Since the 1975 United Nations General Assembly voted to adopt the “Zionism Is Racism” resolution (3379), numerous other forms of anti-Israel condemnations were forthcoming and continuous.
One of the most heinous was the Boycott, Divestment and Sanction anti-Israel tactic. Actually, BDS was initiated and perfected in pre-World War II, Nazi Germany.
The intention then was to marginalize their Jews socially, politically and economically, until they were reduced to poverty and became categorically insignificant. At which point, it led to unopposed state-sanctioned elimination, an action that has not gone unrecognized by today’s generation of organized haters of Israel and Jews.
An unwelcome byproduct of the present day contempt toward Israel is the heretofore unexpected enmity connection shared between Islamic extremists, far-right neo-Nazis and white supremacists, elements within the far-left – including some newly elected freshman Democrats, and a suspect Republican or two, as well as the never ending anti-Israel sanctions spewing forward from the United Nations.
This is a particularly dangerous combination when supplemented with organized hostility and agitation from Students for Justice in Palestine, Jewish Voices for Peace, American Peace Now, and J-Street, each with an agenda that ironically does not appear to endorse peace and justice for Israel and Jews.
Within the past four years, incidents of property damage as well as threats of actual and implied violence targeting Jews – particularly pro-Israel, Jewish students, and their non-Jewish supporters – have dramatically escalated on campuses across the United States.
Meanwhile, the administrations of the affected institutions of higher learning appear reluctant to intervene against obviously discriminating and dangerous behavior.
Recognizing the potential for deadly consequences, and understanding that the provocateurs do not speak for the majority of Americans, Congress initiated the 2016 Antisemitism Awareness Act (ASA).
This initiative passed the Senate floor vote virtually unopposed. Among its key elements, was the codification of “antisemitism,” necessary to hold accountable those who pursue group focused, hate-based, repetitive attacks.
The singling out of Jews or other faith-based groups on campuses, simply because of religious beliefs, would no longer be ignored or tolerated.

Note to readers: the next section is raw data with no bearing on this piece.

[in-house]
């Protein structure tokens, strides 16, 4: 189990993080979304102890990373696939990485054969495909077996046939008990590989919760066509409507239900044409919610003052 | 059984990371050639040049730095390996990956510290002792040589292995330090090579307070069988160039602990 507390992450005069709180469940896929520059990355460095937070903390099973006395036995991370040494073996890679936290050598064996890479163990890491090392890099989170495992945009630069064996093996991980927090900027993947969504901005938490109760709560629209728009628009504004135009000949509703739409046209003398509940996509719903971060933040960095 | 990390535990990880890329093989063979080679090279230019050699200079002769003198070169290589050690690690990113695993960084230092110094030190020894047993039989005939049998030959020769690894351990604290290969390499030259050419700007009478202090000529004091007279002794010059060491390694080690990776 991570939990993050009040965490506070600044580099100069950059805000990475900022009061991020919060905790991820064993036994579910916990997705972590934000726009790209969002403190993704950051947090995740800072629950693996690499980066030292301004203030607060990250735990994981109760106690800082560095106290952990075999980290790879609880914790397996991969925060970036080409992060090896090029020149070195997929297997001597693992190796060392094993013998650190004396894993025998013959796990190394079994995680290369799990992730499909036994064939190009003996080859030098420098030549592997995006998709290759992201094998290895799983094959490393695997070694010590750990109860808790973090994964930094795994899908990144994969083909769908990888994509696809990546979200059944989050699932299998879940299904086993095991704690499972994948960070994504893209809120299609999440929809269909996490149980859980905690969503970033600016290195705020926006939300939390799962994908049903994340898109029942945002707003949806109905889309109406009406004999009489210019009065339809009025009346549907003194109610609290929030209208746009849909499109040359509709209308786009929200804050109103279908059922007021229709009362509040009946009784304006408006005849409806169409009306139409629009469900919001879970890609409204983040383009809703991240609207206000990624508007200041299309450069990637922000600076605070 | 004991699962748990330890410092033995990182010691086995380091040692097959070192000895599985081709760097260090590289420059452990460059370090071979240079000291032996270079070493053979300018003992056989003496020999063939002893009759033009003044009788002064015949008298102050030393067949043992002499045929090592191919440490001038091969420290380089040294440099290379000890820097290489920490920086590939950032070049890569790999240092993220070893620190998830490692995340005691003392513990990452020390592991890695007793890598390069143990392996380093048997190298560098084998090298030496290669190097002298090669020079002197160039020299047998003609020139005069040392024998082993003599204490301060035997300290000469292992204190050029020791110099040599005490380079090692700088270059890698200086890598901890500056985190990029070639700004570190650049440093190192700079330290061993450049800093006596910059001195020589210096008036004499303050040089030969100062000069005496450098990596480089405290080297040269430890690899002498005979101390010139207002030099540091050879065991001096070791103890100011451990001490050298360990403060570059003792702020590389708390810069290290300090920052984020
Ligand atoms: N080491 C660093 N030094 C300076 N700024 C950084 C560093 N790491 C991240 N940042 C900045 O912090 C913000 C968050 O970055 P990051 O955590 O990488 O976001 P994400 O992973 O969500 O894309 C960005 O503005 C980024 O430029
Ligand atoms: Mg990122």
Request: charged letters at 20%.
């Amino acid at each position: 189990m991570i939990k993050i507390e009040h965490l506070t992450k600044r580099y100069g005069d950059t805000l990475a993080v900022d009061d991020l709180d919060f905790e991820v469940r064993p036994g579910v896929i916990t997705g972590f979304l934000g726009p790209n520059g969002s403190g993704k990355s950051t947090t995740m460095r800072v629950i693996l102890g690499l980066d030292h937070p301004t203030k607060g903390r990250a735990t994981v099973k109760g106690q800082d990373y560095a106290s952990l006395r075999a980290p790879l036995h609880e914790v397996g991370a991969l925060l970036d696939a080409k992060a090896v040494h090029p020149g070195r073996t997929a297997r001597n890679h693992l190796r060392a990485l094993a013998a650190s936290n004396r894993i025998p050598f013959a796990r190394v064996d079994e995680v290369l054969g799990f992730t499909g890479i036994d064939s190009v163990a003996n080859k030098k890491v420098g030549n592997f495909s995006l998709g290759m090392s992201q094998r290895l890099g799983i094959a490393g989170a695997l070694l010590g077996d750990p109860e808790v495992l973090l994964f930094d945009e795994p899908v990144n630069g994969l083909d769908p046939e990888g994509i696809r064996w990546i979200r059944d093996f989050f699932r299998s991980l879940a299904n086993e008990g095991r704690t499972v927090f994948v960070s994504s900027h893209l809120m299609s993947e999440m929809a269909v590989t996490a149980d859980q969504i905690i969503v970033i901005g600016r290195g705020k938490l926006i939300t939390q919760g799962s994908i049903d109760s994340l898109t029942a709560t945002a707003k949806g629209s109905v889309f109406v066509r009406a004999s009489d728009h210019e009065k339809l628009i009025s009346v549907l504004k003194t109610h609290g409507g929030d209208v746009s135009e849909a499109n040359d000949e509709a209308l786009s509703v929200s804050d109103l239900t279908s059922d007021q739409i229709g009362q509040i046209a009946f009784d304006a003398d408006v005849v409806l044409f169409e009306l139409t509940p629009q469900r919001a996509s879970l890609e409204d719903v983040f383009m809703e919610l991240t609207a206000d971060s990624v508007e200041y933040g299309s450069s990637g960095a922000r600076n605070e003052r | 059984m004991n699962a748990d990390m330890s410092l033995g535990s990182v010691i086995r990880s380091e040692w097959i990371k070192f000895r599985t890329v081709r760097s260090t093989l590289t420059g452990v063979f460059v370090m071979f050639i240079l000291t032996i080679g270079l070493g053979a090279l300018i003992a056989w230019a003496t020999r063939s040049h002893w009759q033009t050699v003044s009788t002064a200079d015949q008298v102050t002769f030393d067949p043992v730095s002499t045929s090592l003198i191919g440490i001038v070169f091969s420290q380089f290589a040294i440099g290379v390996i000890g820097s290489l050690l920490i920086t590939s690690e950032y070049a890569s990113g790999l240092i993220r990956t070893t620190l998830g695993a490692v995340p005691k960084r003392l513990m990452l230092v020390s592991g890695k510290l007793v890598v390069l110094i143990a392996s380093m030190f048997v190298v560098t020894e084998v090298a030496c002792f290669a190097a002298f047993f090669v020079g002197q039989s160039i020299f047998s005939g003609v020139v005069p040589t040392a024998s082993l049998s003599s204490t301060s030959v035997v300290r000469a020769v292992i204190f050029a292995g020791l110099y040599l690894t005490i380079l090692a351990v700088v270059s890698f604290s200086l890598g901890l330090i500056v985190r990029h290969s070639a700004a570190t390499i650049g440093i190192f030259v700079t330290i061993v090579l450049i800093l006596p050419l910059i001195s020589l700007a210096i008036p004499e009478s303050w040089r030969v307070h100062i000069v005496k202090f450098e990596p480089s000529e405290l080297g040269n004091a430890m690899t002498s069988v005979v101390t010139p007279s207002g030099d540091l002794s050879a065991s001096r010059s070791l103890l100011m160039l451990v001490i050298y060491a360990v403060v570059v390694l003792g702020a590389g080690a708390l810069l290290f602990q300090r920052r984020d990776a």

These confrontations then morphed into “anti-Zionism” political actions, to make them appear more palatable, and deflect attention away from the often spewed antisemitic verbiage. In this format, the press proved more sympathetic to the protesters, especially when Zionism was presented in terms of a David-verses-Goliath struggle, with Israel painted as the brutal aggressor.
With the threats of First Amendment Free Speech issues to be raised during the House hearings, the House initiative was relegated to committee, until it was eventually voided for lack of follow-through within the designated time period allowed. Score one victory for the purveyors of hate.
In 2018, another version of the ASA, the HR 5924 Initiative, was introduced, but sadly this legislation seems unlikely to also reach the House Floor for a vote, for the same free-speech issues that brought down its predecessor. Score two victories for the purveyors of hate.
Add to this list, the recent Strengthening America’s Security in the Middle East Act of 2019 (S.1), which like the 2016 ASA act successfully passed the bipartisan Senate test but is expected to encounter fierce challenges within the new Democratic-controlled House of Representatives. This is mainly due to a provision included that is intended to curb malicious legal challenges to individual states and local governments’ rights to pass anti-BDS legislation.
It is important to understand that the Boycott, Divestment and Sanction anti-Israel tactic, if not vigorously opposed, may at least in theory lead to the economic collapse of our only friendship and trusted military ally in the Middle East.
For a third time, even with its other well-defined security provisions, the chances of this act passing is slim at best. Score yet another “potential” victory for the purveyors of hate.